New network model helped 18 of 20 leave abuse behind

A new report, “Part of a Context,” presents successful outcomes in the rehabilitation of female substance abusers with the help of a network model used at Fortuna House in Värnamo, Sweden. The project helped 18 of 20 women out of their abuse, that is, 90 percent.


“Considering the clients we have, these results are sensational,” says Sture Korpi, director general of SiS, the National Board of Institutional Care, which operates the home for abusers placed in compulsory rehabilitation and which evaluated the network method.

The women at Fortuna House were sentenced to care under the Act for the Care of Abusers. During the project period, 2000–2002, the women were assigned a contact person with whom they established a relationship of trust. The contact person saw to it that the women also received continued support after they had left the home. This relationship as such proved to be valuable, and it helped the women find the spark to join the network or parts of a network that still existed. “We want to emphasize the power of the social network that many clients still have, in spite of it all,” says Gunnel Elf, director of Fortuna House.

“By working with our clients professional and private networks we can get a better picture of the client’s life and thereby get a more realistic and reality-based care plan,” says Ell-Marie Wärmdegård, a psychotherapist at Fortuna House, who wrote the report.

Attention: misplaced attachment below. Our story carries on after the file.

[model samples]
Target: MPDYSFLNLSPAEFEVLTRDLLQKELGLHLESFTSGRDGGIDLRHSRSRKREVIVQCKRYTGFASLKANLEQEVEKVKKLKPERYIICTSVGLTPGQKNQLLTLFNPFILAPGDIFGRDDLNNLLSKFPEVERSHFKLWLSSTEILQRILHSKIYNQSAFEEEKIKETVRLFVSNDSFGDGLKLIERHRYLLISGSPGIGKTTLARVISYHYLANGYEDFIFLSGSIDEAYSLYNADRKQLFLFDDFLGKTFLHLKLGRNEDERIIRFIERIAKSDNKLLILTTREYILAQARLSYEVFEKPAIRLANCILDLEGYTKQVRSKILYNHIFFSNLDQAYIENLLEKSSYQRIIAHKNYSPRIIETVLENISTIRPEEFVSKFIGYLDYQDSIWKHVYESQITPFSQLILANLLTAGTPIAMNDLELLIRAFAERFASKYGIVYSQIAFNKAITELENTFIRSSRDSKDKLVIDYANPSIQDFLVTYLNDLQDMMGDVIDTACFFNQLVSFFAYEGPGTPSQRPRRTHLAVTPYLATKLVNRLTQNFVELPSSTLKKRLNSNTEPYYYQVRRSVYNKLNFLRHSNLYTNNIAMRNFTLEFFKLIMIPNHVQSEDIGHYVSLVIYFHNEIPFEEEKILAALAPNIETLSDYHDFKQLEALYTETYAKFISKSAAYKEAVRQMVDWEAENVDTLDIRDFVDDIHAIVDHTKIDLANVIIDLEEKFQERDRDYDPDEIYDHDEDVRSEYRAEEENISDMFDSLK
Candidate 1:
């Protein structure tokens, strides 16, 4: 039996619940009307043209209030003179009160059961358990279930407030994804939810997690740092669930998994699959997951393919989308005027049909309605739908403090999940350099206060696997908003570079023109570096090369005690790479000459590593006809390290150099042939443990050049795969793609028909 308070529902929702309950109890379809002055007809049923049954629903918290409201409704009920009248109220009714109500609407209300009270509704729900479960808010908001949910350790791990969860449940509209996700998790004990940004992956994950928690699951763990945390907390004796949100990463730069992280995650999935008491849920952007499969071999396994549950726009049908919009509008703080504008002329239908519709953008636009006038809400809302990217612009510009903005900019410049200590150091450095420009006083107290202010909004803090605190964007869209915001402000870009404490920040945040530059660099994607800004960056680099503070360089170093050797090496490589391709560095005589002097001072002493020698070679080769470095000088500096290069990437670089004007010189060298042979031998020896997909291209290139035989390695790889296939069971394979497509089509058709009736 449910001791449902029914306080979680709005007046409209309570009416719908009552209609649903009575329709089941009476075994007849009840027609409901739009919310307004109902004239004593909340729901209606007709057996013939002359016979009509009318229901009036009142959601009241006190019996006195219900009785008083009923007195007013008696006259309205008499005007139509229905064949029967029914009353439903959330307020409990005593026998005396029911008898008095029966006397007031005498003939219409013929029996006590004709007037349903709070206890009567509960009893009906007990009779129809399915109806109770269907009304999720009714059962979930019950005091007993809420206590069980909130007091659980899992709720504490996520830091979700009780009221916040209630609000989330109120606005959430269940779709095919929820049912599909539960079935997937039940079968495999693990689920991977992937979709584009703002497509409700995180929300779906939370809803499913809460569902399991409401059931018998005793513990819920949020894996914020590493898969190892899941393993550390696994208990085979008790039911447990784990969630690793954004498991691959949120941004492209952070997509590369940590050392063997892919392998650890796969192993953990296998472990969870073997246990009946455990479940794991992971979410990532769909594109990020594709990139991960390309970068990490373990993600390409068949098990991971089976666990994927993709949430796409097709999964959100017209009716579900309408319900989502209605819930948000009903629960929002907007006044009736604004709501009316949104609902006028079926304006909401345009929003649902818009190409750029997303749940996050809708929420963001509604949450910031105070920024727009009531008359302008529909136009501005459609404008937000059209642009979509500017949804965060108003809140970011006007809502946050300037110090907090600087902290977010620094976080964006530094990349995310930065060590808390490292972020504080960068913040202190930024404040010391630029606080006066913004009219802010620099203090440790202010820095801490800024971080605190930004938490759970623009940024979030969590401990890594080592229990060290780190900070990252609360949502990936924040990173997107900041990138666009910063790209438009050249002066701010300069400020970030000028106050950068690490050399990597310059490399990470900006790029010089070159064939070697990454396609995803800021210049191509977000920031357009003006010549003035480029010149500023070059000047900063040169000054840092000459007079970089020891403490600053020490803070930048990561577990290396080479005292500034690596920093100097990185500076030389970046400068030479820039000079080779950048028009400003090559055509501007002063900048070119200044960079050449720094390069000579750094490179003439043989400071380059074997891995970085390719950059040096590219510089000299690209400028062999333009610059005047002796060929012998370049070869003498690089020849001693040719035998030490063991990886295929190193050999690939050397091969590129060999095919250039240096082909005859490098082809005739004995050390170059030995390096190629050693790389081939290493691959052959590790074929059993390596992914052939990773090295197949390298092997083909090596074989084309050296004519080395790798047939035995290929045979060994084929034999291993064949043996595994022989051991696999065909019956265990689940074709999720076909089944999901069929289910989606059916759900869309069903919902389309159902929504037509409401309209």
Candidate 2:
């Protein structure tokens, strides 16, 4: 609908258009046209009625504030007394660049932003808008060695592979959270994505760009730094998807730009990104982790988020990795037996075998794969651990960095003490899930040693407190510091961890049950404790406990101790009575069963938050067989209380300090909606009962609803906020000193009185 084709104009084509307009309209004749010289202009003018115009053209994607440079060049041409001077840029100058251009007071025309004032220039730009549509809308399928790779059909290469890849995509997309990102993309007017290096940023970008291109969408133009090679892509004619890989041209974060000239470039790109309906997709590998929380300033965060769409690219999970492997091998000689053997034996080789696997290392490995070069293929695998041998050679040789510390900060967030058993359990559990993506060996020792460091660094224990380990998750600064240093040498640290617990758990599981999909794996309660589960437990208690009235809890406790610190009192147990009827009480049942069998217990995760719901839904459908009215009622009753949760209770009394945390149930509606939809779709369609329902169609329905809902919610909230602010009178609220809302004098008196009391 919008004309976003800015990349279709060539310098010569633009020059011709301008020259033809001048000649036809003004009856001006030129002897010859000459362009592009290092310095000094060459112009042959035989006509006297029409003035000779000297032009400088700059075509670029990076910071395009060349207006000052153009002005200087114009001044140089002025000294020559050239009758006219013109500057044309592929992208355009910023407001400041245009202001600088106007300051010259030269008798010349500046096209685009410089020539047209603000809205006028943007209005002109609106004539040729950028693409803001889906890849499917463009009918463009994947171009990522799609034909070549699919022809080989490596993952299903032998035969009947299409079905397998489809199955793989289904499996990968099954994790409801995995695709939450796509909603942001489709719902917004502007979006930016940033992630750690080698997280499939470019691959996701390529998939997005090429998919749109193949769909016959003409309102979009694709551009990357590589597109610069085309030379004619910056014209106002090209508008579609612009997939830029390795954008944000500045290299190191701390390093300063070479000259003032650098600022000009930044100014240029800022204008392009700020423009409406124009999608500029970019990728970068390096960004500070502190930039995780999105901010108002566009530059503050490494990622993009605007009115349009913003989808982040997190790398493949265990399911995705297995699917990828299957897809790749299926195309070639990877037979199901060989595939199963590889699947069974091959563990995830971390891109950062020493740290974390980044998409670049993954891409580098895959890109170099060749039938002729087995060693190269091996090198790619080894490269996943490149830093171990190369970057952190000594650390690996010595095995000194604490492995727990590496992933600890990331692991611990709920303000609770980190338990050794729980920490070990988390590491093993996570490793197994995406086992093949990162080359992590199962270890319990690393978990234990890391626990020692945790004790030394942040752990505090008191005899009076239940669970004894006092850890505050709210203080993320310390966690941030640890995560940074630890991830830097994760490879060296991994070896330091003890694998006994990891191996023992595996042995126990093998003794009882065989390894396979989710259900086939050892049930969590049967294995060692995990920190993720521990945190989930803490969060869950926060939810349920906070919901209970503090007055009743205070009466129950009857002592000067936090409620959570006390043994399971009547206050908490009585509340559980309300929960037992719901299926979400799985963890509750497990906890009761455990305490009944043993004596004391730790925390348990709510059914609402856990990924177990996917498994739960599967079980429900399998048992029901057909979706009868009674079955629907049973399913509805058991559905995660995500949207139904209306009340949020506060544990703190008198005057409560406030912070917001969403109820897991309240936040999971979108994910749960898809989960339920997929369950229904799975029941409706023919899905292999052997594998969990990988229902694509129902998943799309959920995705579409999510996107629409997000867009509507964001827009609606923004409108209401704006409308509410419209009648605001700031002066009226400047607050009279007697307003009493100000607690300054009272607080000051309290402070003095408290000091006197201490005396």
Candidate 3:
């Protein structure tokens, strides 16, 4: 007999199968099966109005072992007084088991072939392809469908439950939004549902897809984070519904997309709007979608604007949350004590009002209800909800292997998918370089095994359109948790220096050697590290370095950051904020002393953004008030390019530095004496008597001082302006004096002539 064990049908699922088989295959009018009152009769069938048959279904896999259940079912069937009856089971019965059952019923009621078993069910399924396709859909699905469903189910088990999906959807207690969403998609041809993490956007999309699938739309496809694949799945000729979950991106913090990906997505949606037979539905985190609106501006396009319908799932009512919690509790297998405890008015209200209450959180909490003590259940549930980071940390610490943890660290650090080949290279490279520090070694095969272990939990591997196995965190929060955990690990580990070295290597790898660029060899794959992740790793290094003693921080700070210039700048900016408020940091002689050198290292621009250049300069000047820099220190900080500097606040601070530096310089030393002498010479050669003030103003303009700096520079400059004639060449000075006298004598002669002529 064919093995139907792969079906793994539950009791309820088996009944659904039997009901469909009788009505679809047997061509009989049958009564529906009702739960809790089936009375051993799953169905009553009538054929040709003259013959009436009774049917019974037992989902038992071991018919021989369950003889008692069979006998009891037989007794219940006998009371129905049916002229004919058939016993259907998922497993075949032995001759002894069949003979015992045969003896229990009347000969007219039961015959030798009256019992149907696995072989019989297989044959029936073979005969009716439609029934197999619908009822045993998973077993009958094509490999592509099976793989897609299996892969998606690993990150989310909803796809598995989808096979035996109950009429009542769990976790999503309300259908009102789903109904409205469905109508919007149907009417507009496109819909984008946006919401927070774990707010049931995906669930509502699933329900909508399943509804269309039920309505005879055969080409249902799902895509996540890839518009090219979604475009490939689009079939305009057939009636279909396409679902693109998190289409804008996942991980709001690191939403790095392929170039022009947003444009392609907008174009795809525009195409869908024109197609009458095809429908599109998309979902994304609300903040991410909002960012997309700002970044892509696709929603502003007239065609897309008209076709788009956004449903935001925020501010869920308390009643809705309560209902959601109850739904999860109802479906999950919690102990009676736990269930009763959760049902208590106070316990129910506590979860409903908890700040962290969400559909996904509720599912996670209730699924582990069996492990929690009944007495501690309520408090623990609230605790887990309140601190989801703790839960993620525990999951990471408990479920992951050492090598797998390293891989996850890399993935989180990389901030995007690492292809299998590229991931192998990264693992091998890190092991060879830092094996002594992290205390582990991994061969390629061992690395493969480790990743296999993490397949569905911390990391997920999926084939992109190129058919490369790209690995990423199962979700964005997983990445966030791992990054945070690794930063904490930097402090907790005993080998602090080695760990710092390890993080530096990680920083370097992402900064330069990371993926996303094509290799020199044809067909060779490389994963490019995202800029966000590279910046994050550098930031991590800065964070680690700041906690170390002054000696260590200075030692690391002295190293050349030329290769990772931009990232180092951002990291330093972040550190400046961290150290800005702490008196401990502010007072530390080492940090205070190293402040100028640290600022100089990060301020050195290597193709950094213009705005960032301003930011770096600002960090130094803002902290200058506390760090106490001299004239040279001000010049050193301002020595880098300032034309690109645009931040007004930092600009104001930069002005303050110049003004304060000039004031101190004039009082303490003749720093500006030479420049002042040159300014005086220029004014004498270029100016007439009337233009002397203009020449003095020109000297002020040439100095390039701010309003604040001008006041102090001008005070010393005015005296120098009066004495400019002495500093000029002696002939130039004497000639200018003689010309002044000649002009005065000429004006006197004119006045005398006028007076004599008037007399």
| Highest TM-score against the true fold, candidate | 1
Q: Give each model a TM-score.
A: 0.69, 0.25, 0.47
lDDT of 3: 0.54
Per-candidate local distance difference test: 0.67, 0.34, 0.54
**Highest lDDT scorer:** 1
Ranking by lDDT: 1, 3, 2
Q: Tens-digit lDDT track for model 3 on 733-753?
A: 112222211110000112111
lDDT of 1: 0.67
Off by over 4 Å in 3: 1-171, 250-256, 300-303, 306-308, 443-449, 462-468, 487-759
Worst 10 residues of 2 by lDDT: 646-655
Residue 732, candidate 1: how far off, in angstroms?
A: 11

Success with 18 of 20

In the course of the project, 18 of the 20 women who took part got out of their abuse. Ten of them managed to be free of drugs the entire time. Eight clients relapsed, but with new care plans they completed the project and shook their habits. Two clients quit the project and resumed their abuse.

“When a woman returns to her abuse or is in the danger zone for relapse, the network mobilizes its resources,” says Ell-Marie Wärmegård.

The notion of a chain of care

The SiS is endeavoring to create a well-functioning chain of care by redoubling its cooperation with both health care and social welfare professionals in Sweden. The government has decided to earmark SEK 300 million over a three-year period to subsidize care for abusers at the municipal level. The local resources that then become available can be deployed for other links in the chain of care. At the same time, municipalities will be in a position to offer high-quality follow-up care, networks, and housing as well as work-place assignments, jobs, or daily activities. The government calls the commitment “A Contract for Life.” In its project, Fortuna House has already put into practice a successful example of the chain of care.

The National Board of Institutional Care, SiS

SiS is a governmental authority that provides care, investigation, and treatment of young people with severe social problems and of adult substance abusers in Sweden. An important part of SiS’s mission is also to evaluate the outcome of care efforts, develop methods, and initiate research in the field.

Media Contact

Cecilia Sandahl alfa

More Information:

http://www.stat-inst.se/

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